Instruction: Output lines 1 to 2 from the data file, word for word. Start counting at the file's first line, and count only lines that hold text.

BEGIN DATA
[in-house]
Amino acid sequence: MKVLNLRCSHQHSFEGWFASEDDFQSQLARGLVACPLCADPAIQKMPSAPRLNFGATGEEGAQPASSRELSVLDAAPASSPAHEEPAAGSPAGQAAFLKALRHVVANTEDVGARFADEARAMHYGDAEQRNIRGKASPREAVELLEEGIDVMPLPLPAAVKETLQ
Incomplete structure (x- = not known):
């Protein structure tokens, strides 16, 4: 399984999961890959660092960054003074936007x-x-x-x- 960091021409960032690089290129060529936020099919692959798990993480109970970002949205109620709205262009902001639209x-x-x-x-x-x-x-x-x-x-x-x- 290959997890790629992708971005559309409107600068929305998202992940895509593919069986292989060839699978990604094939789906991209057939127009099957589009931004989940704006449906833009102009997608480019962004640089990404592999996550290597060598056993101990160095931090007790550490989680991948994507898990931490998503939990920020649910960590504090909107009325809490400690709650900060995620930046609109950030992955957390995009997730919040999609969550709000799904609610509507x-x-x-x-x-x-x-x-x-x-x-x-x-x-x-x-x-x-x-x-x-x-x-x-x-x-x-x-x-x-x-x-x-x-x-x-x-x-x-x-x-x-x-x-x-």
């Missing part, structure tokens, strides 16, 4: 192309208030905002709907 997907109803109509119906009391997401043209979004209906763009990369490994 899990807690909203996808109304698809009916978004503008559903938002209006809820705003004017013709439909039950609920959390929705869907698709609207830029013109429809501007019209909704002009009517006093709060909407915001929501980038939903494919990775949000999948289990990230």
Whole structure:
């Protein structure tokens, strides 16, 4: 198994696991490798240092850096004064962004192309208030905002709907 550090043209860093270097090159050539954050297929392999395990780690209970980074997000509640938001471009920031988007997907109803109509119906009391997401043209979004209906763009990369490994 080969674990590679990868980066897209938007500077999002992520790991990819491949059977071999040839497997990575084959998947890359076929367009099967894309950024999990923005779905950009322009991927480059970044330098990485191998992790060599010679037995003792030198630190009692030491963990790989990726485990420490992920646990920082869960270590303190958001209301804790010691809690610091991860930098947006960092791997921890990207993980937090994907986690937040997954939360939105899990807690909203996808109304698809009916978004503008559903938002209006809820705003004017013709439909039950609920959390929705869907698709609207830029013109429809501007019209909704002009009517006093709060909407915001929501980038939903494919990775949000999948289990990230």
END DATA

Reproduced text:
[in-house]
Amino acid sequence: MKVLNLRCSHQHSFEGWFASEDDFQSQLARGLVACPLCADPAIQKMPSAPRLNFGATGEEGAQPASSRELSVLDAAPASSPAHEEPAAGSPAGQAAFLKALRHVVANTEDVGARFADEARAMHYGDAEQRNIRGKASPREAVELLEEGIDVMPLPLPAAVKETLQ